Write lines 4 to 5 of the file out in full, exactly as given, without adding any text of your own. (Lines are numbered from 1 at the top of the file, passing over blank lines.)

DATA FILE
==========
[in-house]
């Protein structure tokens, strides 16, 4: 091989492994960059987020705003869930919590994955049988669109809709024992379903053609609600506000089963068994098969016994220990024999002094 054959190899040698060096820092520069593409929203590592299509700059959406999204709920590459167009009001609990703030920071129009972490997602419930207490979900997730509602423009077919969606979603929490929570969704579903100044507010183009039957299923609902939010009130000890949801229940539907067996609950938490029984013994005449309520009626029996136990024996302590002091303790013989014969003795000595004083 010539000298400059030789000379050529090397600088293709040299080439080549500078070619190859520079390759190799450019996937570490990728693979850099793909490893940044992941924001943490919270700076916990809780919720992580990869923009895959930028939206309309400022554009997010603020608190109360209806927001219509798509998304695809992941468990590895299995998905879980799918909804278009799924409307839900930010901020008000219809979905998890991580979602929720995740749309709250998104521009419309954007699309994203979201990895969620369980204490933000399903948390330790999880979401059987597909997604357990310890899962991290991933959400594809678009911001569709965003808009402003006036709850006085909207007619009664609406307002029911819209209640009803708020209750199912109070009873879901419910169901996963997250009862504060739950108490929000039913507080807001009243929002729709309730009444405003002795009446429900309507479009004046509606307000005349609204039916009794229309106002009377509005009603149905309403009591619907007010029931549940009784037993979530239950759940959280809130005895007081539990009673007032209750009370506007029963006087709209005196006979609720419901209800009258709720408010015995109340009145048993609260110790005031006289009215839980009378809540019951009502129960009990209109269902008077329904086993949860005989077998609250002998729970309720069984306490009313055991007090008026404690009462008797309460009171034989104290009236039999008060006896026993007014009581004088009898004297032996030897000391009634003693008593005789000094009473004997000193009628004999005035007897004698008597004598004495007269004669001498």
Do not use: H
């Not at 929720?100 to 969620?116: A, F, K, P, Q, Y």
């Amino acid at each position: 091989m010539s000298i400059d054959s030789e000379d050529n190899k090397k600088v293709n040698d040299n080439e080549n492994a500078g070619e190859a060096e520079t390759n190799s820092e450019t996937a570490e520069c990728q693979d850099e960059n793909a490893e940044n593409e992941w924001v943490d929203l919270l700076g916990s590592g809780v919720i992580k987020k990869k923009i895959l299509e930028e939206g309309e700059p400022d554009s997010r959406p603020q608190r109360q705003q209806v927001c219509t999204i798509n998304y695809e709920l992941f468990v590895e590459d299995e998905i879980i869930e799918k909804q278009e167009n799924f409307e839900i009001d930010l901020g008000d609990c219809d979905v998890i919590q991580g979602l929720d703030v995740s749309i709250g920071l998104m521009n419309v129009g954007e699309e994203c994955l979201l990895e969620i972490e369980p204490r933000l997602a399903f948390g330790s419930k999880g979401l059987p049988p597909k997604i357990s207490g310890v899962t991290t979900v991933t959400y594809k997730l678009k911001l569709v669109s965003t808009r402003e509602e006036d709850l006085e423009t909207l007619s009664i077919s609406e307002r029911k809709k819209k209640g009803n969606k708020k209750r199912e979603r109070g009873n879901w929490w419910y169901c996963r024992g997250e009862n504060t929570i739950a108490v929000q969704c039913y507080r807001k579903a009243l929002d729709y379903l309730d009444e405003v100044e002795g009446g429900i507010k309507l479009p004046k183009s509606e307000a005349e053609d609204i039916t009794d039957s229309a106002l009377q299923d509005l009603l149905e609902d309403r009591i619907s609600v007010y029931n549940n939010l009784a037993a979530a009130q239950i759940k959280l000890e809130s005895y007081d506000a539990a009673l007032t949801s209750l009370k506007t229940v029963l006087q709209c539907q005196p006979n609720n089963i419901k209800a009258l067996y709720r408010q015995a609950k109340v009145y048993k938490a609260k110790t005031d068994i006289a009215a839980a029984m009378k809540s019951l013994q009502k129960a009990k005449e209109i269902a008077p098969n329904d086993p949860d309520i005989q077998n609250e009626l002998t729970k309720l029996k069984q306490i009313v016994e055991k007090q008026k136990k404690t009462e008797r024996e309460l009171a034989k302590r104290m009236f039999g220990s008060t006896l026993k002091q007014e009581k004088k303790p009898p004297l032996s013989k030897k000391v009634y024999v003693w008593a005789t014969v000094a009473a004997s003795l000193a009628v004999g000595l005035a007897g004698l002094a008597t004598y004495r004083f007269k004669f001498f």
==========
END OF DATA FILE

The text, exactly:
């Not at 929720?100 to 969620?116: A, F, K, P, Q, Y």
């Amino acid at each position: 091989m010539s000298i400059d054959s030789e000379d050529n190899k090397k600088v293709n040698d040299n080439e080549n492994a500078g070619e190859a060096e520079t390759n190799s820092e450019t996937a570490e520069c990728q693979d850099e960059n793909a490893e940044n593409e992941w924001v943490d929203l919270l700076g916990s590592g809780v919720i992580k987020k990869k923009i895959l299509e930028e939206g309309e700059p400022d554009s997010r959406p603020q608190r109360q705003q209806v927001c219509t999204i798509n998304y695809e709920l992941f468990v590895e590459d299995e998905i879980i869930e799918k909804q278009e167009n799924f409307e839900i009001d930010l901020g008000d609990c219809d979905v998890i919590q991580g979602l929720d703030v995740s749309i709250g920071l998104m521009n419309v129009g954007e699309e994203c994955l979201l990895e969620i972490e369980p204490r933000l997602a399903f948390g330790s419930k999880g979401l059987p049988p597909k997604i357990s207490g310890v899962t991290t979900v991933t959400y594809k997730l678009k911001l569709v669109s965003t808009r402003e509602e006036d709850l006085e423009t909207l007619s009664i077919s609406e307002r029911k809709k819209k209640g009803n969606k708020k209750r199912e979603r109070g009873n879901w929490w419910y169901c996963r024992g997250e009862n504060t929570i739950a108490v929000q969704c039913y507080r807001k579903a009243l929002d729709y379903l309730d009444e405003v100044e002795g009446g429900i507010k309507l479009p004046k183009s509606e307000a005349e053609d609204i039916t009794d039957s229309a106002l009377q299923d509005l009603l149905e609902d309403r009591i619907s609600v007010y029931n549940n939010l009784a037993a979530a009130q239950i759940k959280l000890e809130s005895y007081d506000a539990a009673l007032t949801s209750l009370k506007t229940v029963l006087q709209c539907q005196p006979n609720n089963i419901k209800a009258l067996y709720r408010q015995a609950k109340v009145y048993k938490a609260k110790t005031d068994i006289a009215a839980a029984m009378k809540s019951l013994q009502k129960a009990k005449e209109i269902a008077p098969n329904d086993p949860d309520i005989q077998n609250e009626l002998t729970k309720l029996k069984q306490i009313v016994e055991k007090q008026k136990k404690t009462e008797r024996e309460l009171a034989k302590r104290m009236f039999g220990s008060t006896l026993k002091q007014e009581k004088k303790p009898p004297l032996s013989k030897k000391v009634y024999v003693w008593a005789t014969v000094a009473a004997s003795l000193a009628v004999g000595l005035a007897g004698l002094a008597t004598y004495r004083f007269k004669f001498f």